Chronic or episodic forms of tension-type headache (TTH) affect a high percentage of the population and not only impact personal life, but also pose a significant socio-economic burden in terms of lost workdays and decreased worker productivity. Although TTH is the most prevalent of the headache disorders, research into specific treatments is inadequate and lags all other major headache classifications. The International Headache Society indicates that a muscular involvement is associated with some forms of tension-type headache. A muscular involvement is confirmed in the research literature, as elevation in muscle tenderness, myofascial trigger point's (MTrP's), and physical abnormalities in cervical and cranial muscles are often reported by patients with TTH. Thus, a treatment approach that addresses the skeletal musculature may be an important component in the management of TTH. Complementary and alternative medicine approaches, such as massage, to the treatment of tension-type headache are increasingly popular among patients, but evidence supporting their efficacy is limited. Muscle tissues of patients with TTH have noteworthy differences from a healthy control population, which provide a theoretical basis for manual therapy as a treatment for TTH. For example, a MTrP within a muscle can elicit pain locally (point tenderness) and at distant sites (referred pain) that mimic the patient headache pain complaint, which makes it a site of particular interest by both the headache patient and massage therapist. We recently reported, in a case series, that massage therapy with a focus on MTrP therapy significantly reduced frequency and duration of headache in those with tension-type headache. However, the potential for massage to be used as a clinical resource is limited by verification of its effectiveness in a controlled clinical trial. The intent in this proposal is to assess the effectiveness of therapeutic massage for tension-type headache in a placebo-controlled, randomized clinical trial. Specifically, the objective of this proposal is to determine the impact of a structured massage therapy program, with a focus on myofascial trigger point therapy, on pain and disability measures in participants with TTH. Sixty subjects with TTH will be randomized into massage therapy, placebo or wait-list control groups. Trained therapists will follow a defined protocol to administer 12 massage therapy sessions or 12 sham treatments over a six-week period. Subjects will record headache parameters in a daily diary and complete evaluations to assess disability due to TTH. Thus, Specific Aim #1 is to confirm and extend our recent findings that massage therapy will reduce the frequency, intensity and duration of headache in patients with TTH in a randomized, placebo-controlled trial. Since TTH can also affect the quality of daily living, Specific Aim #2 is to determine the effect of massage therapy on disability associated with headache in patients with TTH.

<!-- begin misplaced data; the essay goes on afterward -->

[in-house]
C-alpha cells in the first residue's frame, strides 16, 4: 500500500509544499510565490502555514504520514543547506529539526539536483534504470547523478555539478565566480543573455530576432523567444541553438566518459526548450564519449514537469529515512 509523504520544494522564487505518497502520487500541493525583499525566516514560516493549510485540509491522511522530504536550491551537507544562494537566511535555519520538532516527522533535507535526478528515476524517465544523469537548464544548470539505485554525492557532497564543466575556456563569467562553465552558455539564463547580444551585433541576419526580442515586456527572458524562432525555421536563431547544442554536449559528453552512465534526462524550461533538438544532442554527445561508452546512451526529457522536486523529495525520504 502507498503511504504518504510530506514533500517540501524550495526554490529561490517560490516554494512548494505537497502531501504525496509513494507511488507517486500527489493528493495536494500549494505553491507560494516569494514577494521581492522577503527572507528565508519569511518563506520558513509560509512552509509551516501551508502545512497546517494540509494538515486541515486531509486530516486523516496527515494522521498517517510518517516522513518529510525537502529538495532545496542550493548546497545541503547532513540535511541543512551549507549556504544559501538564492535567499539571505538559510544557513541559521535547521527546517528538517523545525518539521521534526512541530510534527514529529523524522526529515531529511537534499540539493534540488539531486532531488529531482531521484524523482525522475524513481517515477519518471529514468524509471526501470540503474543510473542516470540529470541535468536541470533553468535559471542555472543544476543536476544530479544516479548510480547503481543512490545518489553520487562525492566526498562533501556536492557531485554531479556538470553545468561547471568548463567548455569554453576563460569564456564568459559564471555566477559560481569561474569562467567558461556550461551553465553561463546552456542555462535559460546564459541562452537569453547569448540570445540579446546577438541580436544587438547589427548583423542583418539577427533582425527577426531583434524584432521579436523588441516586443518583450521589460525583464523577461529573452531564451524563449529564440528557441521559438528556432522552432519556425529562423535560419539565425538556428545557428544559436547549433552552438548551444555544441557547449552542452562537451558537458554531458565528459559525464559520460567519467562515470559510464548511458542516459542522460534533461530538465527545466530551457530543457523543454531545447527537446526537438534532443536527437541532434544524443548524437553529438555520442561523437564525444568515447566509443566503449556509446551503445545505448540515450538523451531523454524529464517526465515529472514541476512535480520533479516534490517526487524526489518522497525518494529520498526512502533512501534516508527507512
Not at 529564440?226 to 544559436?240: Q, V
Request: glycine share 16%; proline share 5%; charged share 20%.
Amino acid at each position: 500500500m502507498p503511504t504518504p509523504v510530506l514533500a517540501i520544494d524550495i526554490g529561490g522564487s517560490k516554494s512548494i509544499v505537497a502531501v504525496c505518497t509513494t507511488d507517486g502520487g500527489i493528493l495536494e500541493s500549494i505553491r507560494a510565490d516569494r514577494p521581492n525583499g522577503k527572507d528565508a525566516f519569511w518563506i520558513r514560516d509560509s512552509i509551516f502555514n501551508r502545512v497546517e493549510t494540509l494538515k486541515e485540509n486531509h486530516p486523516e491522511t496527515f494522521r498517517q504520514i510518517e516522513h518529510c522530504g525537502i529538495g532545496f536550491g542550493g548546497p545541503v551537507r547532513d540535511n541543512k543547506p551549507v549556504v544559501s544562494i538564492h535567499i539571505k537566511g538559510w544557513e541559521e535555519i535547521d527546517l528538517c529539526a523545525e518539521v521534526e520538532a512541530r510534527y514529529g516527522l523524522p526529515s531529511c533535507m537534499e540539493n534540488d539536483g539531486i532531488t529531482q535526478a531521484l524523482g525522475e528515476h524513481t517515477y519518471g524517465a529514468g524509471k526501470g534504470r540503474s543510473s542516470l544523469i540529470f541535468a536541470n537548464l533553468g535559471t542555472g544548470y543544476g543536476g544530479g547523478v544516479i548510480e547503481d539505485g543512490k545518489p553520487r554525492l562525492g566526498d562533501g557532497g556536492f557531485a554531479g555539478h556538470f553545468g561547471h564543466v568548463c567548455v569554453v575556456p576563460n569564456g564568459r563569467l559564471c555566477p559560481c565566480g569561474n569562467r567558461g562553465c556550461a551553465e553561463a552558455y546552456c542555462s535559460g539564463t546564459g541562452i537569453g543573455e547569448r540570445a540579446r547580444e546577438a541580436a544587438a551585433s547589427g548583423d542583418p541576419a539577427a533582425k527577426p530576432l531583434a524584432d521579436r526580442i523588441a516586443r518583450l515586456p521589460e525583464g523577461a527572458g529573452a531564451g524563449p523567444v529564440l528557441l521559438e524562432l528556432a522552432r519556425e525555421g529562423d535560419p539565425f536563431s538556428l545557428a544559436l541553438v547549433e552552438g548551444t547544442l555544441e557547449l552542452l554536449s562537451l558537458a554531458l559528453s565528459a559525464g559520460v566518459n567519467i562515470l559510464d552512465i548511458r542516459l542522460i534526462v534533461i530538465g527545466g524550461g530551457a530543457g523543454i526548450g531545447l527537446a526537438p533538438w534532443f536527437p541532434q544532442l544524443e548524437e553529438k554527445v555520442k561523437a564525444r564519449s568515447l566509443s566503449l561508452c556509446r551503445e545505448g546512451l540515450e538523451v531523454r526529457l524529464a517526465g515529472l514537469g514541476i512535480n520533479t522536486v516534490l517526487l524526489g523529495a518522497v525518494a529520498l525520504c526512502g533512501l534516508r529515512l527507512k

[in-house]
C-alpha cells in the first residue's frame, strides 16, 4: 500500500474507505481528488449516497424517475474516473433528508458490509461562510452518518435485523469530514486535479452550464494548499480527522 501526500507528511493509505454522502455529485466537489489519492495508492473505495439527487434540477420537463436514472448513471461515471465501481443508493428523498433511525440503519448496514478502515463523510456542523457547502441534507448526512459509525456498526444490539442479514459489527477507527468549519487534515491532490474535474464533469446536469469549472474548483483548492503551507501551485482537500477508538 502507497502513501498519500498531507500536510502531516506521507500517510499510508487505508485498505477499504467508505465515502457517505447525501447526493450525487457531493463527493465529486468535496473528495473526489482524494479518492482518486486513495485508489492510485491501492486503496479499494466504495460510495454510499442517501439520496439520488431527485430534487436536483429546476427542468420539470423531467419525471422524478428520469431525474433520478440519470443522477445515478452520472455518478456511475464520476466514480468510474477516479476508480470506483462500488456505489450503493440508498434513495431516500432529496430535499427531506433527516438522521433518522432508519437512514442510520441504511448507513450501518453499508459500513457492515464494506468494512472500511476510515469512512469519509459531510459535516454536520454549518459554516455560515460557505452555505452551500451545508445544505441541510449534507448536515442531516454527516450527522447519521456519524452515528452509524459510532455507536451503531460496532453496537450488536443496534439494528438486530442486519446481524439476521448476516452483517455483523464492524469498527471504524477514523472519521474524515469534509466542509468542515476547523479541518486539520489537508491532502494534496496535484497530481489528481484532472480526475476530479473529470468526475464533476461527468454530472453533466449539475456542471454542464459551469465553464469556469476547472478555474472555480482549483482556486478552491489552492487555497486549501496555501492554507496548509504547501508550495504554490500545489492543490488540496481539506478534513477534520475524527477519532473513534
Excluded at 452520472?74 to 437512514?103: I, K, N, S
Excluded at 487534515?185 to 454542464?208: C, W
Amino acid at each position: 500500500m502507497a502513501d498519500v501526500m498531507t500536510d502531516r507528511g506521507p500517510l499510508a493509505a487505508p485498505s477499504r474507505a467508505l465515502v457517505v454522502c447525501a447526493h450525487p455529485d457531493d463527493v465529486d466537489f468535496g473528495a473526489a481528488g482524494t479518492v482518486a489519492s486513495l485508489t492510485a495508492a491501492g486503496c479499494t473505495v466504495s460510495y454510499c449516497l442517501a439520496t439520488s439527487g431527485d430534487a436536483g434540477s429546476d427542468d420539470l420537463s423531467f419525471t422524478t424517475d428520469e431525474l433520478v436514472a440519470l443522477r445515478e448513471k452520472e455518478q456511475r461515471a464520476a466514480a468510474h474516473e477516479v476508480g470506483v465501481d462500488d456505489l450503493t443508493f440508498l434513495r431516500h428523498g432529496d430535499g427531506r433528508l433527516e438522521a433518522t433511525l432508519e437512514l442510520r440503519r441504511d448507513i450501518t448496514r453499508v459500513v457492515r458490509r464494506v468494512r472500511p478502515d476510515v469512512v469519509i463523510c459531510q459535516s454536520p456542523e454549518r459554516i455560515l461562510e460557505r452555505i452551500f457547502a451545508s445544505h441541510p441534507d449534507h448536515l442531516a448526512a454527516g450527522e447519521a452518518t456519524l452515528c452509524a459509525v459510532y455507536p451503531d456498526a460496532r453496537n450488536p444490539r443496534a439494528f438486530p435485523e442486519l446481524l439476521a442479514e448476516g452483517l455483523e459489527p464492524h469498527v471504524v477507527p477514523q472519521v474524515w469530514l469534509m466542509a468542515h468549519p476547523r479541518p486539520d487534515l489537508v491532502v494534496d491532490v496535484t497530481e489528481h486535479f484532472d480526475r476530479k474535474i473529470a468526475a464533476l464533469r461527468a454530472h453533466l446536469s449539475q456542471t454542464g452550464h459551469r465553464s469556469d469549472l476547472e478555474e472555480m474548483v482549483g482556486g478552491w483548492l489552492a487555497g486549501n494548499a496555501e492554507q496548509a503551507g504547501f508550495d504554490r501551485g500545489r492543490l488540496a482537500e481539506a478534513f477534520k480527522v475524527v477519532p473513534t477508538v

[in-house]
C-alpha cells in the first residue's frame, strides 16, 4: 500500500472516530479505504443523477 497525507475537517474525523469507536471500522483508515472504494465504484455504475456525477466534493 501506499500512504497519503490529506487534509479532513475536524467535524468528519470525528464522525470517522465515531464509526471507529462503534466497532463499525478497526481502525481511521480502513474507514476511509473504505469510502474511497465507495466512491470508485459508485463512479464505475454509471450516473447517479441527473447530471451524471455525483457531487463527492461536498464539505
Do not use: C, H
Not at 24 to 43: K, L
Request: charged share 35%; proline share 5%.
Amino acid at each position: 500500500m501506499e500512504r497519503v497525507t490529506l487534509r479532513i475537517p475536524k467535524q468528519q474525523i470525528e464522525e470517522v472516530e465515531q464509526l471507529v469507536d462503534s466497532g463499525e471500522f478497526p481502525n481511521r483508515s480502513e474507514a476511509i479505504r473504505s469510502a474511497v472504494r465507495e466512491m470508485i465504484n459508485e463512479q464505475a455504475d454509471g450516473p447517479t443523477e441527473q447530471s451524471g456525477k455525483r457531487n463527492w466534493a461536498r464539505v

Tension-type headache is a painful condition that can affect ones quality of life and productivity for many years, but has few treatment options. Verification of massage therapy for the treatment of tension-type headache in a randomized, controlled trial design will create new treatment options for patients with this condition.
|Moraska, Albert F; Schmiege, Sarah J; Mann, John D et al. (2017) Responsiveness of Myofascial Trigger Points to Single and Multiple Trigger Point Release Massages: A Randomized, Placebo Controlled Trial. Am J Phys Med Rehabil 96:639-645|
|Moraska, Albert F; Stenerson, Lea; Butryn, Nathan et al. (2015) Myofascial trigger point-focused head and neck massage for recurrent tension-type headache: a randomized, placebo-controlled clinical trial. Clin J Pain 31:159-68|